“Nebraska Farmers Union is 100 years old this year,” said Nebraska Farmers Union President John Hansen. “We shudder to think about the risks our landowners will face for the next 100 years as the result of TransCanada’s dangerous and irresponsible route. We call on President Obama and the State Department to reject TransCanada’s permit."
The All Risk, No Reward Coalition includes: League of Conservation Voters Education Fund, League of Women Voters, Indigenous Environmental Network, Bold Nebraska, Keystone XL Truthforce, League of Women Voters Nebraska, STOP Tarsands, Sandhills Beef, Nebraska Farmers Union, Interfaith Power and Light, and Dakota Rural Action.
Visit EcoWatch’s KEYSTONE XL page for more related news on this topic.
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It's going to be back-to-school time soon, but will children go into the classrooms?
The American Academy of Pediatrics (AAP) thinks so, but only as long as safety measures are in place.
Keeping Schools Safe<p>What will safer schools look like?</p><p>In a <a href="https://jamanetwork.com/journals/jama/fullarticle/2766822" target="_blank">JAMA article</a> published last month, <a href="https://www.jhsph.edu/faculty/directory/profile/1781/joshua-m-sharfstein" target="_blank">Dr. Joshua Sharfstein</a>, a pediatrician and professor at the Johns Hopkins Bloomberg School of Public Health, outlined suggestions — many of which are similar to AAP's.</p><p>Remote learning protocols must stay in place, especially as some schools stagger home and in-building learning. If another shutdown needs to occur, children will rely on distance learning completely, so it must be easy to switch to, he said.</p><p>He suggested giving parents a daily checklist to document their child's health. Kids should be screened quickly on arrival and be given hygiene supplies. Maintenance staff should use appropriate PPE and have regular cleaning schedules. A notification system should be in place if a case is identified, Sharfstein recommended.</p><p><a href="https://www.albany.edu/rockefeller/faculty/erika-martin" target="_blank">Erika Martin</a>, PhD, an associate professor of public administration and policy at University at Albany, said nutrition assistance and health services should be included. She called for tutoring programs with virtual options as well as technology access.</p>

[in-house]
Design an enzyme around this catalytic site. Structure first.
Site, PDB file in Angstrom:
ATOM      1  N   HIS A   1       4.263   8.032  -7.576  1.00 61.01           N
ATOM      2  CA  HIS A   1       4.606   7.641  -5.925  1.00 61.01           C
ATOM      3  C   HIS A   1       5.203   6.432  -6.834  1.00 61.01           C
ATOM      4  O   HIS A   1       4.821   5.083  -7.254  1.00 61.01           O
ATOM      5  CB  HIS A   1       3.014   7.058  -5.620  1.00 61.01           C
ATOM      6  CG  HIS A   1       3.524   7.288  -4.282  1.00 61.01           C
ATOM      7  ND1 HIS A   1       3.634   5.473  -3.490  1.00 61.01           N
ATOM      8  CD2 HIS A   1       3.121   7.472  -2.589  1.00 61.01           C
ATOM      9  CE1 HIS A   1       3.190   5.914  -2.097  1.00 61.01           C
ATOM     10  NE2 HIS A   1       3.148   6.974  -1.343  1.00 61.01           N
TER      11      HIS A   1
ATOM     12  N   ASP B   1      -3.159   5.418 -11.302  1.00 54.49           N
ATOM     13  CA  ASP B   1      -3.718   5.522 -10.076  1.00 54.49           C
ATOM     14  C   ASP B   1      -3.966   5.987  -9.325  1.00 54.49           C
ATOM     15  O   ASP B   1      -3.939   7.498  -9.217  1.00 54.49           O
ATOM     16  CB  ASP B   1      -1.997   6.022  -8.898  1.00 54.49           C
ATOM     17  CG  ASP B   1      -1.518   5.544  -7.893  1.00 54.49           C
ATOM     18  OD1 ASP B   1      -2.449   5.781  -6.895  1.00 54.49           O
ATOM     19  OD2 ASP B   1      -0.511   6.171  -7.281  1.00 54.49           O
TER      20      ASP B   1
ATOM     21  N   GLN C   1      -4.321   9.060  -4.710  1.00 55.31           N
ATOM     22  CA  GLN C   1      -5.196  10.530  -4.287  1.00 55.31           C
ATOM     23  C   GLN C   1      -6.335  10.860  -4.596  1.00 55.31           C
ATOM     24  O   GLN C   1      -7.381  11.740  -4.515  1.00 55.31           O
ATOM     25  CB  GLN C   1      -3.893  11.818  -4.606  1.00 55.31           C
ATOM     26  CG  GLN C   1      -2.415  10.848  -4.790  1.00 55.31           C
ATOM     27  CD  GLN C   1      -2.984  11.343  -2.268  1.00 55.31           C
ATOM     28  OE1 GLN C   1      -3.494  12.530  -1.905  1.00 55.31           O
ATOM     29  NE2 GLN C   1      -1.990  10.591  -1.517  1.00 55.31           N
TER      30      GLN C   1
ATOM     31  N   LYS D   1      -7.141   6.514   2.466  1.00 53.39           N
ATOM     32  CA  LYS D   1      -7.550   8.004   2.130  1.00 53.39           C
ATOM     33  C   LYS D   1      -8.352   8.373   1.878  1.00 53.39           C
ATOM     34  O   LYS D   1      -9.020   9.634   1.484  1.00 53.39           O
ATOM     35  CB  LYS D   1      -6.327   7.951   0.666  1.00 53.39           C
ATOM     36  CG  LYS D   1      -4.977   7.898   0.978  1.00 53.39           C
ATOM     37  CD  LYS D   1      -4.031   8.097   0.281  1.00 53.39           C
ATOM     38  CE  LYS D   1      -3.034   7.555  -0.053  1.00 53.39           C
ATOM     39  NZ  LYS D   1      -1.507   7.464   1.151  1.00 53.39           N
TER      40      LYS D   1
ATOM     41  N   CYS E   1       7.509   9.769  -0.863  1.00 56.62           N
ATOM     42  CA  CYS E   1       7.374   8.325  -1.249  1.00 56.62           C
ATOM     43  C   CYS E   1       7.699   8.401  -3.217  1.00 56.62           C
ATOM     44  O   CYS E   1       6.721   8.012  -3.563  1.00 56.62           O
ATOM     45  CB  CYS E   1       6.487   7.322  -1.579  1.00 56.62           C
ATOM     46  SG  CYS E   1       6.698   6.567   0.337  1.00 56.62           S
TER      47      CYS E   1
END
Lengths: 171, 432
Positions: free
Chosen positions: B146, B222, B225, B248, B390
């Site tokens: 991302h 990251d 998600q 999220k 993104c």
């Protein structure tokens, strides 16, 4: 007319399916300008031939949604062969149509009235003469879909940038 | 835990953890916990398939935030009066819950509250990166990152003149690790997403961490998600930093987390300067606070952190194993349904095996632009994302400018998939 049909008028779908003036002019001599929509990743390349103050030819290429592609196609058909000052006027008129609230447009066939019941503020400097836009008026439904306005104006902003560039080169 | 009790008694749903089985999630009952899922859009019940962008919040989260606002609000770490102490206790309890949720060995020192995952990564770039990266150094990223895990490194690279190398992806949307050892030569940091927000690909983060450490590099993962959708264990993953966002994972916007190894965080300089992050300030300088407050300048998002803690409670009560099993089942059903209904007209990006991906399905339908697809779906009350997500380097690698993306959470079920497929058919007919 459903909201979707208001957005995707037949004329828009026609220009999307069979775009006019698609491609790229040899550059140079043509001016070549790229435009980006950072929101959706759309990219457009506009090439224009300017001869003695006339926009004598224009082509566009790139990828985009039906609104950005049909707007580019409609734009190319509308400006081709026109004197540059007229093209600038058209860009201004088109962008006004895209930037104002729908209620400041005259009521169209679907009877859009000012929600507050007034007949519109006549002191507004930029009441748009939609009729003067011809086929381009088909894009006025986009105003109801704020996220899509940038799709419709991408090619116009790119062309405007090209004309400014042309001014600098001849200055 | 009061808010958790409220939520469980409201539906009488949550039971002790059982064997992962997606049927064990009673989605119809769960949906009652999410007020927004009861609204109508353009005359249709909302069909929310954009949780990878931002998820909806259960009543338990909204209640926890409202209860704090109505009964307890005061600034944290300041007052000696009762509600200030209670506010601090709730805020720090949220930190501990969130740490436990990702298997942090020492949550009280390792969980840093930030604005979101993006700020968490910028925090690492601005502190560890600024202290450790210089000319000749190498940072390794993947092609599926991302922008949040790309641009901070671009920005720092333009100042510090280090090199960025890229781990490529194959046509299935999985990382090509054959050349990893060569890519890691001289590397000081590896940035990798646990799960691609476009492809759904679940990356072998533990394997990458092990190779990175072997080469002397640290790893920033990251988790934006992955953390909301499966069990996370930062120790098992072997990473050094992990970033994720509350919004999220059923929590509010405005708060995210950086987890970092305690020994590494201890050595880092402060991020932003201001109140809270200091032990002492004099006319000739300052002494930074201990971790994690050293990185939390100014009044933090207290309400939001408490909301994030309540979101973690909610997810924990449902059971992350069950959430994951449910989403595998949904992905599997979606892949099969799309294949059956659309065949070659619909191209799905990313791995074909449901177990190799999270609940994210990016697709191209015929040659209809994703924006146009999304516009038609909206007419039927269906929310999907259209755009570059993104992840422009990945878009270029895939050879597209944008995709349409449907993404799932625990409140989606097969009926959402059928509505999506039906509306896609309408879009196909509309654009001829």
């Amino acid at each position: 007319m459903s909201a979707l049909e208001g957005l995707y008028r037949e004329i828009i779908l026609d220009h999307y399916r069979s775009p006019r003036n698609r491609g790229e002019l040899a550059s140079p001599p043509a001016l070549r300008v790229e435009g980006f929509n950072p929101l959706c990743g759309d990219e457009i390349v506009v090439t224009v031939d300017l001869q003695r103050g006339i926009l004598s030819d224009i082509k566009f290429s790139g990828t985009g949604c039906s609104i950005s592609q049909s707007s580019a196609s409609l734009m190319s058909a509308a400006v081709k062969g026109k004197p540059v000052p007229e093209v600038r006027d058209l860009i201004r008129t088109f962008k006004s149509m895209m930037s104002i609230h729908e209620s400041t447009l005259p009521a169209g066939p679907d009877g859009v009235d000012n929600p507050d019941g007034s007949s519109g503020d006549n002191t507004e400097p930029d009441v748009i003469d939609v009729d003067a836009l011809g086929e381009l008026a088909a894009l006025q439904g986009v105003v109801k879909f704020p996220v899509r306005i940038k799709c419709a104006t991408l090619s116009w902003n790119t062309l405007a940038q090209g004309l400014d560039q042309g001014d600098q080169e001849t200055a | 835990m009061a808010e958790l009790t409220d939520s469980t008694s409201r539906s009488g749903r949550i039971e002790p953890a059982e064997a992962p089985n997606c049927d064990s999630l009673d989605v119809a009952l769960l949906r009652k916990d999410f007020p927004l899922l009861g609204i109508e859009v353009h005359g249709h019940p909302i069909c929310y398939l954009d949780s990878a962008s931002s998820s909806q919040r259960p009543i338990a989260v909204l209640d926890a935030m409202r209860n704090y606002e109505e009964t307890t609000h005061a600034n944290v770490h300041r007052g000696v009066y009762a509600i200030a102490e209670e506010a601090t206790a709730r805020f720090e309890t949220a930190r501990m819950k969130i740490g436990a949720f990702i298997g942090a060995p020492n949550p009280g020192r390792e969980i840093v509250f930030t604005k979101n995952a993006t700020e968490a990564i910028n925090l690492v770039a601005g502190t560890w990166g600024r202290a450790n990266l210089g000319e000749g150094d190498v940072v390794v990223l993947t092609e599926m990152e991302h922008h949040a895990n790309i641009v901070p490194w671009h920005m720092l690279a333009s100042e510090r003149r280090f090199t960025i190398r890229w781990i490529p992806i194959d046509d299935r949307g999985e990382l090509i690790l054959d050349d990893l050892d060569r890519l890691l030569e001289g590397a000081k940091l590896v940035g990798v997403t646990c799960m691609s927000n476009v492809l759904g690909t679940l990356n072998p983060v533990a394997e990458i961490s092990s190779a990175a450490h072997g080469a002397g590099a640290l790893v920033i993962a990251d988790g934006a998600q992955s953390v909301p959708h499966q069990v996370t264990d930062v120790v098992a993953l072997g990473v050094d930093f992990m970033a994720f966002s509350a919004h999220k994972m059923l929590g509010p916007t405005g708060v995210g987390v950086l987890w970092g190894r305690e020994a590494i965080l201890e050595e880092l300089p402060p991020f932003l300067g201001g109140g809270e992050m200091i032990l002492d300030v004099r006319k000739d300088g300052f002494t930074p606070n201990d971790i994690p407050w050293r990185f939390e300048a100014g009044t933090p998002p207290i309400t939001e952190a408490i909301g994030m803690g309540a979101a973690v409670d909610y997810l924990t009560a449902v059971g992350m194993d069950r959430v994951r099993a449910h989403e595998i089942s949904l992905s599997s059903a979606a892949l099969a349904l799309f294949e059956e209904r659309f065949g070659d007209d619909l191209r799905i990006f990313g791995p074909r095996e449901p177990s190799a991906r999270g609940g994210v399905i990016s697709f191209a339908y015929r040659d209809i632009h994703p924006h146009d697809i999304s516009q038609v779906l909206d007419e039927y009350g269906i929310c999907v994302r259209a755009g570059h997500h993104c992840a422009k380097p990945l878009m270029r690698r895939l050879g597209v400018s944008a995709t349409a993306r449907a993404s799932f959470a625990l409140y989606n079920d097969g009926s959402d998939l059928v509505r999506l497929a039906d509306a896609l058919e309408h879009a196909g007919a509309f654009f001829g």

Supporting Staff<p>Teachers and staff will be affected by safeguarding measures, noted <a href="https://directory.sph.umn.edu/bio/sph-a-z/rachel-widome" target="_blank">Rachel Widome</a>, PhD, an associate professor of epidemiology and community health at University of Minnesota.</p><p>"In order for all of the in-school precautions to work well, we'll be asking a lot of teachers and staff," Widome told Healthline. In addition to their usual workload, they'll now be asked to monitor mask-wearing, ensure children are keeping distance, and be aware of any symptoms.</p><p>Along with Sharfstein, Widome called for an increase in financial support. More employees will likely be required so teachers and staff members can keep up with the added demands.</p>